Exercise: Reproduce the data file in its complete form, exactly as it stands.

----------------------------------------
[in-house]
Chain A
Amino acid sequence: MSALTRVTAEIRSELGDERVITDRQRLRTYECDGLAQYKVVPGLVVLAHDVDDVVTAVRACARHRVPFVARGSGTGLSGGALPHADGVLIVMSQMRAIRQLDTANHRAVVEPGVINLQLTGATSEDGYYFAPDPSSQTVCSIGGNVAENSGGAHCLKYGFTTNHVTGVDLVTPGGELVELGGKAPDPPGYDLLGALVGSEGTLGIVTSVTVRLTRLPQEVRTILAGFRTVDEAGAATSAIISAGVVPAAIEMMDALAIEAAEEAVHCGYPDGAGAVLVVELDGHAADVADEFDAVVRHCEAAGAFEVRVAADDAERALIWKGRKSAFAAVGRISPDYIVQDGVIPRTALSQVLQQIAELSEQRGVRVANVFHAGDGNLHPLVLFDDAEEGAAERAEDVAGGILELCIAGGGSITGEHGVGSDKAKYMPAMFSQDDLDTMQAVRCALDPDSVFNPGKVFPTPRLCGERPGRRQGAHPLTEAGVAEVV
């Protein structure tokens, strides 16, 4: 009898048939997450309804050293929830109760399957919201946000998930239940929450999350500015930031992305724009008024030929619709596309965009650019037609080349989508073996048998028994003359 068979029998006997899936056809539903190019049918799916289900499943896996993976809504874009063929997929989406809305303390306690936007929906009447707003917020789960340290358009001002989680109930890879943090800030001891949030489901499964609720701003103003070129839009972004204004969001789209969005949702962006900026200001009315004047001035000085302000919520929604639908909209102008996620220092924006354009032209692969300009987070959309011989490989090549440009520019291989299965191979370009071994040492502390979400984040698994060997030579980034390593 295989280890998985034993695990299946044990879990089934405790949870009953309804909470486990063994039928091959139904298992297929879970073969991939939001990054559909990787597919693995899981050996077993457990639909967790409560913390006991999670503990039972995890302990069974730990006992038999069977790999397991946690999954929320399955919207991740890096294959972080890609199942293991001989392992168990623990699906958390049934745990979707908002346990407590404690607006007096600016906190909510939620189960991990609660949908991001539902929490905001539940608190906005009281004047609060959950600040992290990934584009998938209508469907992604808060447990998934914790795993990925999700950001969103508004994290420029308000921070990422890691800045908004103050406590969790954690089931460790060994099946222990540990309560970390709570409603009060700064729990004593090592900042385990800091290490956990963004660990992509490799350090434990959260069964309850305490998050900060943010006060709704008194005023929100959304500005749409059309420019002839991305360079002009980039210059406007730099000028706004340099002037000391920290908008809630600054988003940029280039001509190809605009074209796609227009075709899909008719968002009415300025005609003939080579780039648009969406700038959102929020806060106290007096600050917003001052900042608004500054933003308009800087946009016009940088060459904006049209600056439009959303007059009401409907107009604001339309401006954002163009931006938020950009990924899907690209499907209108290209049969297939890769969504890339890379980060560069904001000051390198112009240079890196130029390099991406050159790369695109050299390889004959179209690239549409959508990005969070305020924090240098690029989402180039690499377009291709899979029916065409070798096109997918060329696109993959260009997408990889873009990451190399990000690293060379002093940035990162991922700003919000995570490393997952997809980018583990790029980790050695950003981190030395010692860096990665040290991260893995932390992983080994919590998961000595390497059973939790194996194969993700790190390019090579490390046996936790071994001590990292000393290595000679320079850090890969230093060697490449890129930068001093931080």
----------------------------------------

[in-house]
Chain A
Amino acid sequence: MSALTRVTAEIRSELGDERVITDRQRLRTYECDGLAQYKVVPGLVVLAHDVDDVVTAVRACARHRVPFVARGSGTGLSGGALPHADGVLIVMSQMRAIRQLDTANHRAVVEPGVINLQLTGATSEDGYYFAPDPSSQTVCSIGGNVAENSGGAHCLKYGFTTNHVTGVDLVTPGGELVELGGKAPDPPGYDLLGALVGSEGTLGIVTSVTVRLTRLPQEVRTILAGFRTVDEAGAATSAIISAGVVPAAIEMMDALAIEAAEEAVHCGYPDGAGAVLVVELDGHAADVADEFDAVVRHCEAAGAFEVRVAADDAERALIWKGRKSAFAAVGRISPDYIVQDGVIPRTALSQVLQQIAELSEQRGVRVANVFHAGDGNLHPLVLFDDAEEGAAERAEDVAGGILELCIAGGGSITGEHGVGSDKAKYMPAMFSQDDLDTMQAVRCALDPDSVFNPGKVFPTPRLCGERPGRRQGAHPLTEAGVAEVV
């Protein structure tokens, strides 16, 4: 009898048939997450309804050293929830109760399957919201946000998930239940929450999350500015930031992305724009008024030929619709596309965009650019037609080349989508073996048998028994003359 068979029998006997899936056809539903190019049918799916289900499943896996993976809504874009063929997929989406809305303390306690936007929906009447707003917020789960340290358009001002989680109930890879943090800030001891949030489901499964609720701003103003070129839009972004204004969001789209969005949702962006900026200001009315004047001035000085302000919520929604639908909209102008996620220092924006354009032209692969300009987070959309011989490989090549440009520019291989299965191979370009071994040492502390979400984040698994060997030579980034390593 295989280890998985034993695990299946044990879990089934405790949870009953309804909470486990063994039928091959139904298992297929879970073969991939939001990054559909990787597919693995899981050996077993457990639909967790409560913390006991999670503990039972995890302990069974730990006992038999069977790999397991946690999954929320399955919207991740890096294959972080890609199942293991001989392992168990623990699906958390049934745990979707908002346990407590404690607006007096600016906190909510939620189960991990609660949908991001539902929490905001539940608190906005009281004047609060959950600040992290990934584009998938209508469907992604808060447990998934914790795993990925999700950001969103508004994290420029308000921070990422890691800045908004103050406590969790954690089931460790060994099946222990540990309560970390709570409603009060700064729990004593090592900042385990800091290490956990963004660990992509490799350090434990959260069964309850305490998050900060943010006060709704008194005023929100959304500005749409059309420019002839991305360079002009980039210059406007730099000028706004340099002037000391920290908008809630600054988003940029280039001509190809605009074209796609227009075709899909008719968002009415300025005609003939080579780039648009969406700038959102929020806060106290007096600050917003001052900042608004500054933003308009800087946009016009940088060459904006049209600056439009959303007059009401409907107009604001339309401006954002163009931006938020950009990924899907690209499907209108290209049969297939890769969504890339890379980060560069904001000051390198112009240079890196130029390099991406050159790369695109050299390889004959179209690239549409959508990005969070305020924090240098690029989402180039690499377009291709899979029916065409070798096109997918060329696109993959260009997408990889873009990451190399990000690293060379002093940035990162991922700003919000995570490393997952997809980018583990790029980790050695950003981190030395010692860096990665040290991260893995932390992983080994919590998961000595390497059973939790194996194969993700790190390019090579490390046996936790071994001590990292000393290595000679320079850090890969230093060697490449890129930068001093931080």